Once upon a time, the Wattage of a light bulb was used as a universal indicator of its brightness. A 60W bulb, for example, would always be brighter than a 40W bulb. This made it easy to find replacement bulbs of equal brightness.
For a long time, this was fine. But then, the emergence of energy-saving lighting – in particular, LED bulbs – threw a spanner in the works.
Well, the energy efficiency of these new bulbs meant that a higher Wattage no longer meant a brighter light. A 10W LED bulb, for example, would be much brighter than a traditional 40W bulb.
When LED lighting first emerged, this wasn’t explained particularly well to consumers, so buying replacement light bulbs often became a frustrating, confusing affair.
The good news is that there is another easy way to tell if one bulb is brighter than another.
The answer lies in lumens.
What is a lumen?
It turns out that Wattage was never the most accurate way to determine the brightness of a bulb. This is because it denotes the power input to a bulb, rather than its light output (which is what we’re really looking for).
Instead, we need to pay attention to lumens.
Lumens (lm) are a measure of the amount of light that is visible to the human eye from a lamp or light source.
The higher the lumen rating, the brighter the lamp will appear. A typical household lightbulb might emit anything between 300–1000 lumens, while a high-powered floodlight could emit in excess of 20,000 lumens.
The best thing about using lumens to determine brightness is that it works the same way no matter what type of light bulb you’re looking at. When comparing an LED bulb with a halogen bulb, for example, the brighter bulb is always the one with the higher lumens count.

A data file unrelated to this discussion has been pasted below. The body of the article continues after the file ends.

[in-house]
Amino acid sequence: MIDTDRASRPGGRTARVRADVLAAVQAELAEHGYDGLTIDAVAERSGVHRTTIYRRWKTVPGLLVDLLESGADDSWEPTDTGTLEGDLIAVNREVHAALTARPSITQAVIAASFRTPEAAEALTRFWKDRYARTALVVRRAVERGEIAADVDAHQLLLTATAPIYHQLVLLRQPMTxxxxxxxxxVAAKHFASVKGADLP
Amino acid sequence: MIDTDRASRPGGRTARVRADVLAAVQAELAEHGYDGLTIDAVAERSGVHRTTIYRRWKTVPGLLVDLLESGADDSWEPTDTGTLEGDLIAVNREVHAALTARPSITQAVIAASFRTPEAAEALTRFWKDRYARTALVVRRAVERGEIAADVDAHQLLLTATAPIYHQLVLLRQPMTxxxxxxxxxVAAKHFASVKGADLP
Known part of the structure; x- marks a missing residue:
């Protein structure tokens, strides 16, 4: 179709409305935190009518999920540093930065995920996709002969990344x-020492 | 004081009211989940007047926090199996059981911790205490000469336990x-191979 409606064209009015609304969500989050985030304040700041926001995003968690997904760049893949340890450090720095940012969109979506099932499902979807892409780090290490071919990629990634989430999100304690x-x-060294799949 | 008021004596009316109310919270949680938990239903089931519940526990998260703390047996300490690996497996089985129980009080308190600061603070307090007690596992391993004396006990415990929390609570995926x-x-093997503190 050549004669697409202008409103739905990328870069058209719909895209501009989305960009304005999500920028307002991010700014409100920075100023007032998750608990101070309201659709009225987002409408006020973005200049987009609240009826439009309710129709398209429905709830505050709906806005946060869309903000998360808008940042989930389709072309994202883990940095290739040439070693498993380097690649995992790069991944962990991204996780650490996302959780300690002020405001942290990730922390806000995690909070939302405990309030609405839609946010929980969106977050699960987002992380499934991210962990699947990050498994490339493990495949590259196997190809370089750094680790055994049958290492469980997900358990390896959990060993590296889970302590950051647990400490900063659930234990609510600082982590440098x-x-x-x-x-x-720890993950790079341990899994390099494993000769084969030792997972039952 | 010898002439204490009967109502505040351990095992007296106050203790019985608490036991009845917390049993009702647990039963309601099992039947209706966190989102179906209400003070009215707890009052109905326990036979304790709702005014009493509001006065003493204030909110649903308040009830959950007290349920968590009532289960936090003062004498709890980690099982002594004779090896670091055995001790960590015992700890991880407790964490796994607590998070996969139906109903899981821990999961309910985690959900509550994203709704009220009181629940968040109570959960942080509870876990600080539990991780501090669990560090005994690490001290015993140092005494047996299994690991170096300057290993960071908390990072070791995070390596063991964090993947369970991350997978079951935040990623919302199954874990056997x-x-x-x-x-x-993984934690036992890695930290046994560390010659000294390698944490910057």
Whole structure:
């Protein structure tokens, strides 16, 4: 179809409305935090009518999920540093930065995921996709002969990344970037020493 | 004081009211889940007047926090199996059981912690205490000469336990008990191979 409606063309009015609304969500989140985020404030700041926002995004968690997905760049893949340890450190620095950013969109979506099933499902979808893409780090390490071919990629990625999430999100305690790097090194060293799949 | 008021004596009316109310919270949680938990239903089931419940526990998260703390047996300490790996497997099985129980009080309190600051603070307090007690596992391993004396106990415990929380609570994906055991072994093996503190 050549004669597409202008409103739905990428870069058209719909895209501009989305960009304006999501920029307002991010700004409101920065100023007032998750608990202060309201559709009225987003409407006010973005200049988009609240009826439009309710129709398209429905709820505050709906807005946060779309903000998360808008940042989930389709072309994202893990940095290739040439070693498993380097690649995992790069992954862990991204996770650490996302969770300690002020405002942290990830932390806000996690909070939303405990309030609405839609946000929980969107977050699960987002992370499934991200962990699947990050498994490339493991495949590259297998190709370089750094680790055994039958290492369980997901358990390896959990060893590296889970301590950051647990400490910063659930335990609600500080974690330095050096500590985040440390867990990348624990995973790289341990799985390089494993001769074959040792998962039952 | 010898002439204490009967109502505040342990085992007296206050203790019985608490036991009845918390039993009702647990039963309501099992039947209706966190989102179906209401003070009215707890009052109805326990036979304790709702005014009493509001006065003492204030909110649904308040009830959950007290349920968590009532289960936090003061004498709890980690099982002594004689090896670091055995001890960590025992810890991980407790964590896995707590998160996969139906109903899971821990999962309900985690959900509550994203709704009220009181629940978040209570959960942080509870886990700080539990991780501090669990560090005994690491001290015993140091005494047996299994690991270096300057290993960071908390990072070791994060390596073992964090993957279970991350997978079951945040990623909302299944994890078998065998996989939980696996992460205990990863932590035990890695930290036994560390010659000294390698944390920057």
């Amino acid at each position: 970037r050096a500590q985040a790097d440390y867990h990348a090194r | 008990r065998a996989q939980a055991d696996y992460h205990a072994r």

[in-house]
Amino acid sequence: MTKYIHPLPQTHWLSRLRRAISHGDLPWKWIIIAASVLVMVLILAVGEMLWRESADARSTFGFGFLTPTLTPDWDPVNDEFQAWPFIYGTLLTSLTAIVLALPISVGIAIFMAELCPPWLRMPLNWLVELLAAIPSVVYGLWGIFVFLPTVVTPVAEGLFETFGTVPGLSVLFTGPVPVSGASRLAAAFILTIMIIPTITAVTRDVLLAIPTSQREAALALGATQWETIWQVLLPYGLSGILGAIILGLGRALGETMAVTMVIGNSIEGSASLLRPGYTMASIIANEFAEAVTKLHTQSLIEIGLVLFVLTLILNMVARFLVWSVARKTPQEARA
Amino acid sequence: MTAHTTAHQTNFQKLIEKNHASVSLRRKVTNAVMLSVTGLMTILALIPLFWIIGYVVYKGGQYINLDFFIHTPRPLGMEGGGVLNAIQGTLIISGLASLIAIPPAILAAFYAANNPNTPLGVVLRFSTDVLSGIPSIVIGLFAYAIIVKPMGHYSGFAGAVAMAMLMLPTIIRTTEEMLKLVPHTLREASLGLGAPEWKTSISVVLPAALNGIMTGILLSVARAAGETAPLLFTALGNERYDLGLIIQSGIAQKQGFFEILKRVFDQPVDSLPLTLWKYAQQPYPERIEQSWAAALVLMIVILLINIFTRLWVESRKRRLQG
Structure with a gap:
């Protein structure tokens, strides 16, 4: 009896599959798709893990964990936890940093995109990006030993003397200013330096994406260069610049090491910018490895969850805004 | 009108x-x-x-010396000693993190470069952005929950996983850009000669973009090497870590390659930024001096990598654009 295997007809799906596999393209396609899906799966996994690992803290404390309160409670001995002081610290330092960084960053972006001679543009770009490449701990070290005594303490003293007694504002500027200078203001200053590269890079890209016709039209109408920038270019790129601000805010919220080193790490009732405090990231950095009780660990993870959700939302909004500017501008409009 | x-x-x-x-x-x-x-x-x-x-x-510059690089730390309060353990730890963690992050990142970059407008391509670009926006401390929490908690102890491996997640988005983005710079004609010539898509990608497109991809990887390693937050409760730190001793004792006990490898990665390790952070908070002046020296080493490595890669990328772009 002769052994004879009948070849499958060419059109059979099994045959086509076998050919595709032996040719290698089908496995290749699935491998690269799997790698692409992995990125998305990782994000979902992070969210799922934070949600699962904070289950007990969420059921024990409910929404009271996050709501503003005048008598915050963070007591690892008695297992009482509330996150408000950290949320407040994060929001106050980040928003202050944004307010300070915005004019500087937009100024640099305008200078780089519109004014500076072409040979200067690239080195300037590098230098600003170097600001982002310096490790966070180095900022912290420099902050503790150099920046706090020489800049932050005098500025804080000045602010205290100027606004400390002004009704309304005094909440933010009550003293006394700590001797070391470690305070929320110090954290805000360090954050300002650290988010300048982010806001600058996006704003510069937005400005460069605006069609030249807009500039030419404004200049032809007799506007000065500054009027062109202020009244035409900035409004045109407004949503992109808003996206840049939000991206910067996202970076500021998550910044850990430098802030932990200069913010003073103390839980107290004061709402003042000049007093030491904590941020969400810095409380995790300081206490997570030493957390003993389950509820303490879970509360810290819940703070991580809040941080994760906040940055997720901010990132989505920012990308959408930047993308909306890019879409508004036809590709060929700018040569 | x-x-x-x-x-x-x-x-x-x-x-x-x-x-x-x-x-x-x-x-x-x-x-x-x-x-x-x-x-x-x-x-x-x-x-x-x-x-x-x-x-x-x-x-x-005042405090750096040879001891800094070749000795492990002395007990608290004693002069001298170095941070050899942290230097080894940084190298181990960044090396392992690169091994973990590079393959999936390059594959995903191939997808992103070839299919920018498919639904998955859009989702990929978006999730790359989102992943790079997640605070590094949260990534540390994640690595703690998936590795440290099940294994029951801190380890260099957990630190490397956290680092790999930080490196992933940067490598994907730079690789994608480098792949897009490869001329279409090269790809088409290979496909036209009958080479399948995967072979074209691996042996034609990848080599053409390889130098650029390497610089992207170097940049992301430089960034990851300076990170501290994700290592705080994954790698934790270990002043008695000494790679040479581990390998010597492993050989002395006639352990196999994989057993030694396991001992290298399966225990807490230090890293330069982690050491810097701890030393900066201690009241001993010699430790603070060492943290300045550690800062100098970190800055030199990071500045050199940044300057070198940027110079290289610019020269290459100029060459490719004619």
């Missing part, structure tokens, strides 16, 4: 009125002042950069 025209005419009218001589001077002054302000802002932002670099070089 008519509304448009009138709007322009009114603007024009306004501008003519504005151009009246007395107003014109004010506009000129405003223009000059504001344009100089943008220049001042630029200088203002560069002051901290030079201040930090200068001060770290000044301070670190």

All light bulbs should have the lumens count (as well as their Wattage) stated on their packaging, and on their online product listings, where applicable.
Do Watts still matter?
Wattage alone may no longer tell you how bright a bulb is, but it is still an important measure in other respects.
Dimmer switches, for example, can only handle light bulbs up to a certain Wattage (specified by the manufacturer), and it’s important for safety reasons that this is not exceeded. It may not surprise you that the development of LED lighting has complicated this too (luckily, we also have a guide to help with that).
Using Watts and lumens together, though, we can determine how energy efficient a light bulb is.
Calculating lumens per Watt
So far, we’ve been talking as if a brighter bulb is a better bulb, but this is only half the story.
What we really want is a light bulb that has the right brightness, but which uses only a minimal amount of power. This is where we start talking about energy efficiency.
We already know that higher lumens equal a brighter bulb, and lower Wattage equals less power, so it makes sense that a bulb with a high lumens count and a low Wattage is going to be more energy-efficient than another bulb with a low lumens count and a higher Wattage.
To put it simply, to determine a bulb’s energy efficiency, we need to know how many lumens it outputs for every Watt.
This isn’t difficult, as we already have all the information we need. As an easy example, we’ll work this out using a 10-Watt bulb that emits 1000 lumens.
All we need to do is divide the number of lumens (1000) by the number of Watts (10):
1000 / 10 = 100 lumens per Watt (lm/w).
Once we’ve worked this out, it’s easy to compare the energy efficiency of different bulbs, irrespective of their type. It works whether you’re comparing an LED bulb with an incandescent, or a halogen with a compact fluorescent, and so on. It means that we now have an easy way to tell which bulb is best.
As a side note, it’s not worth us trying to say what a ‘good’ lumens-per-Watt number is, as the development of lighting technology these days means that it’s improving at a rapid rate. What seems like unbeatable energy efficiency right now might just be the standard months down the line.
Now that you know exactly what you’re looking for, you might find that there can be quite a difference between bulbs that otherwise look the same. One 10W bulb might be much more efficient than another 10W bulb; a particular 8W bulb might not actually be as bright as a similar 6W bulb.